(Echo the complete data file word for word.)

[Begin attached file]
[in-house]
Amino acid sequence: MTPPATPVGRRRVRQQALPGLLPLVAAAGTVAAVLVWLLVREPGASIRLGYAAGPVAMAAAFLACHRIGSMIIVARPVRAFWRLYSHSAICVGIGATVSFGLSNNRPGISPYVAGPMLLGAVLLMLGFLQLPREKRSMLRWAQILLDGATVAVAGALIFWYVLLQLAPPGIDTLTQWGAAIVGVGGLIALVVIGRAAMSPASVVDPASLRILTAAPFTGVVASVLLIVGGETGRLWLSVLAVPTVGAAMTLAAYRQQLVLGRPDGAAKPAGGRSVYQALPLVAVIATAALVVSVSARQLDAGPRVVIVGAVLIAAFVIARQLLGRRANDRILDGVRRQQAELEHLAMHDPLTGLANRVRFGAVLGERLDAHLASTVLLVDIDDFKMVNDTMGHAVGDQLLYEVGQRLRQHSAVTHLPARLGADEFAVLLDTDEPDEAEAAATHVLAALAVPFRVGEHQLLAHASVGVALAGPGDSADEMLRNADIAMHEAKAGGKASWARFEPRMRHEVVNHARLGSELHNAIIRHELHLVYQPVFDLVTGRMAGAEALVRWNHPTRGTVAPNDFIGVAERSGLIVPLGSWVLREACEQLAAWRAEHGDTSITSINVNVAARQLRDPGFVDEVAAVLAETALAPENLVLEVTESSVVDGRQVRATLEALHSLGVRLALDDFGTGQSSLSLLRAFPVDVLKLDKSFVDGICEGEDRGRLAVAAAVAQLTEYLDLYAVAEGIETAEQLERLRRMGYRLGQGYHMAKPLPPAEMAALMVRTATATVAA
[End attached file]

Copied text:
[in-house]
Amino acid sequence: MTPPATPVGRRRVRQQALPGLLPLVAAAGTVAAVLVWLLVREPGASIRLGYAAGPVAMAAAFLACHRIGSMIIVARPVRAFWRLYSHSAICVGIGATVSFGLSNNRPGISPYVAGPMLLGAVLLMLGFLQLPREKRSMLRWAQILLDGATVAVAGALIFWYVLLQLAPPGIDTLTQWGAAIVGVGGLIALVVIGRAAMSPASVVDPASLRILTAAPFTGVVASVLLIVGGETGRLWLSVLAVPTVGAAMTLAAYRQQLVLGRPDGAAKPAGGRSVYQALPLVAVIATAALVVSVSARQLDAGPRVVIVGAVLIAAFVIARQLLGRRANDRILDGVRRQQAELEHLAMHDPLTGLANRVRFGAVLGERLDAHLASTVLLVDIDDFKMVNDTMGHAVGDQLLYEVGQRLRQHSAVTHLPARLGADEFAVLLDTDEPDEAEAAATHVLAALAVPFRVGEHQLLAHASVGVALAGPGDSADEMLRNADIAMHEAKAGGKASWARFEPRMRHEVVNHARLGSELHNAIIRHELHLVYQPVFDLVTGRMAGAEALVRWNHPTRGTVAPNDFIGVAERSGLIVPLGSWVLREACEQLAAWRAEHGDTSITSINVNVAARQLRDPGFVDEVAAVLAETALAPENLVLEVTESSVVDGRQVRATLEALHSLGVRLALDDFGTGQSSLSLLRAFPVDVLKLDKSFVDGICEGEDRGRLAVAAAVAQLTEYLDLYAVAEGIETAEQLERLRRMGYRLGQGYHMAKPLPPAEMAALMVRTATATVAA